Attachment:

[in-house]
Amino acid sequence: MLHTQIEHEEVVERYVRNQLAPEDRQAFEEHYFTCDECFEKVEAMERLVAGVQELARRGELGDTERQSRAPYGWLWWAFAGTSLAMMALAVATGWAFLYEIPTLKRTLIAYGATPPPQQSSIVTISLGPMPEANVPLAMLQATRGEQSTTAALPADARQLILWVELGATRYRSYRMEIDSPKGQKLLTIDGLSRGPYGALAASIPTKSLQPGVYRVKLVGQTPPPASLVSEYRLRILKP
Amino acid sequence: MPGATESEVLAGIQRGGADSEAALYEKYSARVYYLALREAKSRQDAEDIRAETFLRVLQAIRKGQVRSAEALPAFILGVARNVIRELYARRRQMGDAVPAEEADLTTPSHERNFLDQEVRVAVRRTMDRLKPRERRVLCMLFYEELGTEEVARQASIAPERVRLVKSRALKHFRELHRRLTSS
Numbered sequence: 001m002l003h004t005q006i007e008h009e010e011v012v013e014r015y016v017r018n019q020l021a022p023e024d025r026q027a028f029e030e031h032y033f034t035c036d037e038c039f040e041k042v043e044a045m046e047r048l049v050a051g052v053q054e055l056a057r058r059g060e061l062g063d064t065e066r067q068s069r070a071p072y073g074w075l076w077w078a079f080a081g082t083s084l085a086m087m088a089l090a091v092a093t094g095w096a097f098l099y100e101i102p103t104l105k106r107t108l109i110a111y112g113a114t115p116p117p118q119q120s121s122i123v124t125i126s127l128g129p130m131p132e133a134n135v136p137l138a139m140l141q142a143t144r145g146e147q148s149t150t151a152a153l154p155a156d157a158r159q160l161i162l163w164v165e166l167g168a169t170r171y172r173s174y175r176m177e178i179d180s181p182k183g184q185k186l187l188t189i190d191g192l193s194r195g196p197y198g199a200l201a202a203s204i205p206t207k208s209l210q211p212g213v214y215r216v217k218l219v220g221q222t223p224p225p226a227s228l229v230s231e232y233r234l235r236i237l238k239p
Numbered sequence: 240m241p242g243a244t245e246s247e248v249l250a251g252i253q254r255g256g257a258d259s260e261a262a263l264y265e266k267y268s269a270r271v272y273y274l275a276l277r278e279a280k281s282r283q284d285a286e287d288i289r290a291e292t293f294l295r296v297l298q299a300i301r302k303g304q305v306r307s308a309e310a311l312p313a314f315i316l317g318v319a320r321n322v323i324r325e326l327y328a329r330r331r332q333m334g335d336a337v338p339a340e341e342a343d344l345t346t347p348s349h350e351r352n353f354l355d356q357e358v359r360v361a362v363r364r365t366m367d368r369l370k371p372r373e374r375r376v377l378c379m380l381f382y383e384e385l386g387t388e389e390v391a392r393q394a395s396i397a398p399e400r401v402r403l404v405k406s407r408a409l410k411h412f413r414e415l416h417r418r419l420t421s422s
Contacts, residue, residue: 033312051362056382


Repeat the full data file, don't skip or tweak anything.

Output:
[in-house]
Amino acid sequence: MLHTQIEHEEVVERYVRNQLAPEDRQAFEEHYFTCDECFEKVEAMERLVAGVQELARRGELGDTERQSRAPYGWLWWAFAGTSLAMMALAVATGWAFLYEIPTLKRTLIAYGATPPPQQSSIVTISLGPMPEANVPLAMLQATRGEQSTTAALPADARQLILWVELGATRYRSYRMEIDSPKGQKLLTIDGLSRGPYGALAASIPTKSLQPGVYRVKLVGQTPPPASLVSEYRLRILKP
Amino acid sequence: MPGATESEVLAGIQRGGADSEAALYEKYSARVYYLALREAKSRQDAEDIRAETFLRVLQAIRKGQVRSAEALPAFILGVARNVIRELYARRRQMGDAVPAEEADLTTPSHERNFLDQEVRVAVRRTMDRLKPRERRVLCMLFYEELGTEEVARQASIAPERVRLVKSRALKHFRELHRRLTSS
Numbered sequence: 001m002l003h004t005q006i007e008h009e010e011v012v013e014r015y016v017r018n019q020l021a022p023e024d025r026q027a028f029e030e031h032y033f034t035c036d037e038c039f040e041k042v043e044a045m046e047r048l049v050a051g052v053q054e055l056a057r058r059g060e061l062g063d064t065e066r067q068s069r070a071p072y073g074w075l076w077w078a079f080a081g082t083s084l085a086m087m088a089l090a091v092a093t094g095w096a097f098l099y100e101i102p103t104l105k106r107t108l109i110a111y112g113a114t115p116p117p118q119q120s121s122i123v124t125i126s127l128g129p130m131p132e133a134n135v136p137l138a139m140l141q142a143t144r145g146e147q148s149t150t151a152a153l154p155a156d157a158r159q160l161i162l163w164v165e166l167g168a169t170r171y172r173s174y175r176m177e178i179d180s181p182k183g184q185k186l187l188t189i190d191g192l193s194r195g196p197y198g199a200l201a202a203s204i205p206t207k208s209l210q211p212g213v214y215r216v217k218l219v220g221q222t223p224p225p226a227s228l229v230s231e232y233r234l235r236i237l238k239p
Numbered sequence: 240m241p242g243a244t245e246s247e248v249l250a251g252i253q254r255g256g257a258d259s260e261a262a263l264y265e266k267y268s269a270r271v272y273y274l275a276l277r278e279a280k281s282r283q284d285a286e287d288i289r290a291e292t293f294l295r296v297l298q299a300i301r302k303g304q305v306r307s308a309e310a311l312p313a314f315i316l317g318v319a320r321n322v323i324r325e326l327y328a329r330r331r332q333m334g335d336a337v338p339a340e341e342a343d344l345t346t347p348s349h350e351r352n353f354l355d356q357e358v359r360v361a362v363r364r365t366m367d368r369l370k371p372r373e374r375r376v377l378c379m380l381f382y383e384e385l386g387t388e389e390v391a392r393q394a395s396i397a398p399e400r401v402r403l404v405k406s407r408a409l410k411h412f413r414e415l416h417r418r419l420t421s422s
Contacts, residue, residue: 033312051362056382